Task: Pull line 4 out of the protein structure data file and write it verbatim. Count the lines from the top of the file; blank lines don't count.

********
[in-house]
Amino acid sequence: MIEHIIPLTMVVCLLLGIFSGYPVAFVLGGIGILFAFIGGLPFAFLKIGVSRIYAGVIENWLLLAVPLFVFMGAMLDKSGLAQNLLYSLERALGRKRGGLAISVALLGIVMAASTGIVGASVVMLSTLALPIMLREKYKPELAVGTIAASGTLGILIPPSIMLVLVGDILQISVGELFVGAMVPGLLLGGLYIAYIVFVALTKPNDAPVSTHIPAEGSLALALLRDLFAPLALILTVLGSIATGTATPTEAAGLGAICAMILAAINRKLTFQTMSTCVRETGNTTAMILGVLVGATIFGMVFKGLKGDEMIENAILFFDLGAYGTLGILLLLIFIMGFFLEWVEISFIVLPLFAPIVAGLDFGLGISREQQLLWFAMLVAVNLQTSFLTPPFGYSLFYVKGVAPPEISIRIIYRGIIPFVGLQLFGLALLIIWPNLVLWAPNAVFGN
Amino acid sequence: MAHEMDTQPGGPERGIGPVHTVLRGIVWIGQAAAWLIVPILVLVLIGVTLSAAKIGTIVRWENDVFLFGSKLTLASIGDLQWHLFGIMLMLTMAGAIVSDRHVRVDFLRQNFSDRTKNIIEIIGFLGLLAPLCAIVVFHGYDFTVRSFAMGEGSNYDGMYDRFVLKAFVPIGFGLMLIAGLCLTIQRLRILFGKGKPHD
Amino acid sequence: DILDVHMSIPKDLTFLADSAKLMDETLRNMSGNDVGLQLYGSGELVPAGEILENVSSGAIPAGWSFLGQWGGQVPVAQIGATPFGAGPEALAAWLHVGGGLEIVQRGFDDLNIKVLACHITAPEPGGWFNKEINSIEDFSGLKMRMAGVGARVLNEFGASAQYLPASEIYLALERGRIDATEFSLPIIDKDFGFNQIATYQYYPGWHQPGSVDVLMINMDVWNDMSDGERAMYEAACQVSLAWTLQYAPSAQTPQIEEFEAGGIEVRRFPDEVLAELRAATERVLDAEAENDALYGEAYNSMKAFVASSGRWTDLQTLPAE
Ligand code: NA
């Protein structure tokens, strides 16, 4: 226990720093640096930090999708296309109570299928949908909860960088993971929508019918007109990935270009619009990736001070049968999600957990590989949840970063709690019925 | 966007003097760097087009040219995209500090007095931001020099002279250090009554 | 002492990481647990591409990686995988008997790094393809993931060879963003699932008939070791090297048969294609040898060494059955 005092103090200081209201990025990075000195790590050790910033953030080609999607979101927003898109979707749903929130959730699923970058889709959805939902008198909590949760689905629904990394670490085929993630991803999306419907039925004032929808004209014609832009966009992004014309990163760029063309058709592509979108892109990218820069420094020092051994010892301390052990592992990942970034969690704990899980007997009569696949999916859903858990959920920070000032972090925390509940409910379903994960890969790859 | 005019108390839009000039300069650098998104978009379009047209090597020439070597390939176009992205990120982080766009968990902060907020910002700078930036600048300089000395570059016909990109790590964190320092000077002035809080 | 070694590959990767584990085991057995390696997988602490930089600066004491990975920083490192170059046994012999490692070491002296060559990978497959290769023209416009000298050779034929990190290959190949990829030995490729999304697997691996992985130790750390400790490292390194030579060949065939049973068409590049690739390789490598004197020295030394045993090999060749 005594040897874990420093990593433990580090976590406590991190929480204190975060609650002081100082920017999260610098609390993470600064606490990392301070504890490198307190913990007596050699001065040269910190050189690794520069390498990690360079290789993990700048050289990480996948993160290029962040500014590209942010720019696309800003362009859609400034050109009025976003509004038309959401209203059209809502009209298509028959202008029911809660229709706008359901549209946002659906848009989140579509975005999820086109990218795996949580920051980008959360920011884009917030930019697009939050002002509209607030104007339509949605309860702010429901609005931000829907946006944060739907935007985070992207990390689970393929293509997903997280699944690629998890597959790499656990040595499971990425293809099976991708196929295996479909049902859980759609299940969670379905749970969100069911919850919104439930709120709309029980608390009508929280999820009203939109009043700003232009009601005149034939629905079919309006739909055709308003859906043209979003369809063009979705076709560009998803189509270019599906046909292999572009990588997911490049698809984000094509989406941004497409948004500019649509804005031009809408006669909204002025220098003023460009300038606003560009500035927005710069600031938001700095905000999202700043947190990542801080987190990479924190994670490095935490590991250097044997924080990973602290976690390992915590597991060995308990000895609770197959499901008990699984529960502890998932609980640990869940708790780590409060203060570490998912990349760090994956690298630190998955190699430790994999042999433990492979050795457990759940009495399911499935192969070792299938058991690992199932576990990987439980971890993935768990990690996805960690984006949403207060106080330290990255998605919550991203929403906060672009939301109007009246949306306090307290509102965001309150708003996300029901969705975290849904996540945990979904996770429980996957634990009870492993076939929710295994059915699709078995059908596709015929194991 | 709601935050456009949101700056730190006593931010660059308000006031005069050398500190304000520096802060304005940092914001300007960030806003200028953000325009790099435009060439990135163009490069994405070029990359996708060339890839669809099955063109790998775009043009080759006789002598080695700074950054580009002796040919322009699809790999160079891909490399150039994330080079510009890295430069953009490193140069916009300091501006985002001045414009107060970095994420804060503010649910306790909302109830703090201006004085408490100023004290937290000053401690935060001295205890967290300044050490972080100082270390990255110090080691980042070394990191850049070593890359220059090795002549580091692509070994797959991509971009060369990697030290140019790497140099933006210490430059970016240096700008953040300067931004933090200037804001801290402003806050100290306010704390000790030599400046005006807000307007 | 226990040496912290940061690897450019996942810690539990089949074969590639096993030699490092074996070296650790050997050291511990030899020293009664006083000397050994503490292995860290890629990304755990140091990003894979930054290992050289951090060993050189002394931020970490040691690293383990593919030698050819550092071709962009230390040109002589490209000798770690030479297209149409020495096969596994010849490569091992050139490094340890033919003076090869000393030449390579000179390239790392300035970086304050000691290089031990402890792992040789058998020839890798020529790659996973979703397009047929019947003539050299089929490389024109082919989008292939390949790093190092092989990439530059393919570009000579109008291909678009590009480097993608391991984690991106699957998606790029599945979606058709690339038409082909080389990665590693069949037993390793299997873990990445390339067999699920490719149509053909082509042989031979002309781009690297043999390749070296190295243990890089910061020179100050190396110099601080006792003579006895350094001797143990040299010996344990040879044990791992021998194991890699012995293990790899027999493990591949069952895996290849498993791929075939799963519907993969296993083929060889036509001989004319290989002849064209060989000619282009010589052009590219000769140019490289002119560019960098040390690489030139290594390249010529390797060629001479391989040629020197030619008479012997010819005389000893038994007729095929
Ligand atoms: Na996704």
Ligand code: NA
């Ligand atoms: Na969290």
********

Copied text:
Amino acid sequence: DILDVHMSIPKDLTFLADSAKLMDETLRNMSGNDVGLQLYGSGELVPAGEILENVSSGAIPAGWSFLGQWGGQVPVAQIGATPFGAGPEALAAWLHVGGGLEIVQRGFDDLNIKVLACHITAPEPGGWFNKEINSIEDFSGLKMRMAGVGARVLNEFGASAQYLPASEIYLALERGRIDATEFSLPIIDKDFGFNQIATYQYYPGWHQPGSVDVLMINMDVWNDMSDGERAMYEAACQVSLAWTLQYAPSAQTPQIEEFEAGGIEVRRFPDEVLAELRAATERVLDAEAENDALYGEAYNSMKAFVASSGRWTDLQTLPAE